The magic behind Apple's Touch ID technology has received an unveiling in the form of the company's latest pair of patent applications. One of the patents describes the various parts of the button itself and how it senses and reads a finger touching it. The other patent discusses how the fingerprint data and verification are kept separate from the rest of the system.
The button structure may be familiar with those who have seen some of Apple's marketing images of the button, its parts telescoped for easy visualization of how it is assembled. The assembly in the patent is shown from the bottom up, including the casings, rings, sensor circuit and scanning lens. The opaque covering for the button lets the finger be scanned while blending with the iPhone's color and styling.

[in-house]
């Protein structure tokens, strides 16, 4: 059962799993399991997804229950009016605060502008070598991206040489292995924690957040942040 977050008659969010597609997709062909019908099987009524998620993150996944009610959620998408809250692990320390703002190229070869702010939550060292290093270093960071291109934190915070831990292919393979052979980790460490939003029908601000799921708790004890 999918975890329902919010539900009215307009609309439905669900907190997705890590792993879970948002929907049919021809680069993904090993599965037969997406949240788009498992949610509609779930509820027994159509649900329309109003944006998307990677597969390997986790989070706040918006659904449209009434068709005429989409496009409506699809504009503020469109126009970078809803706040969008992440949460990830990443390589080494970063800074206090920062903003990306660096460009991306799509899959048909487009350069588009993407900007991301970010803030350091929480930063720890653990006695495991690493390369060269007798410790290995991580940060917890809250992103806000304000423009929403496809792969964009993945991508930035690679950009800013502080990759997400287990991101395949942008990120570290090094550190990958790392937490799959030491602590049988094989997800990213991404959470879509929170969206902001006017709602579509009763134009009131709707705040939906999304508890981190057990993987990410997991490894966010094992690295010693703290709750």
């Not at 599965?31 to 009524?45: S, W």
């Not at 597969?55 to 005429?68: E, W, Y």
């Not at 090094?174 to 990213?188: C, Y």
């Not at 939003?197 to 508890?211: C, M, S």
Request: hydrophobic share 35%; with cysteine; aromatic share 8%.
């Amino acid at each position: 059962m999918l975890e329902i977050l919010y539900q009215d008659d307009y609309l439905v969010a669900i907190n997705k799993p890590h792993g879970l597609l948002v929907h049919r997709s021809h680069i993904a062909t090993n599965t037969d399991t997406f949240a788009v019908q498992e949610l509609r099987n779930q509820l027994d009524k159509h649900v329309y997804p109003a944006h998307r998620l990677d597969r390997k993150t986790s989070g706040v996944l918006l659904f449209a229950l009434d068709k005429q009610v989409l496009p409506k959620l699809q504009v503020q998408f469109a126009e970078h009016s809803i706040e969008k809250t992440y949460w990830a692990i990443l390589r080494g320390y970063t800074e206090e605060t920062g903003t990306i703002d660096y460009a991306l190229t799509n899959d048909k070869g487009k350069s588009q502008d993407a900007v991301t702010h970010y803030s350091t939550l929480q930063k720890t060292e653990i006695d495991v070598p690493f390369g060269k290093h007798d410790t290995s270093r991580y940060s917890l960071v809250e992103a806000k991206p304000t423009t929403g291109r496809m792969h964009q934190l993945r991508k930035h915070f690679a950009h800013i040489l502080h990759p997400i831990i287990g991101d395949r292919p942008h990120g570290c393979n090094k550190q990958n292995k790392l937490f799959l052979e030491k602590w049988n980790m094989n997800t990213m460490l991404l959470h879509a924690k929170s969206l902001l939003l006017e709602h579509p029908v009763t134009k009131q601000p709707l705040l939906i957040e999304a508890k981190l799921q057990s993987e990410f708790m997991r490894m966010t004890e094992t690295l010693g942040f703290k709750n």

The fingerprint verification system uses a "Secure Enclave Processor" (SEP) within the A7 chip. This keeps the data separate from apps and the cloud. The A7 chip does the heavy processing and hands off a pared-down set of data about the fingerprint to the SEP, which can then verify the fingerprint.
Much of the information revealed in the patents was already known, but the patents confirm some of the nuts and bolts in the design, especially those concerning the SEP. Although not yet granted, the patents follow up provisional applications filed early last year and will secure Apple's claim on the technologies.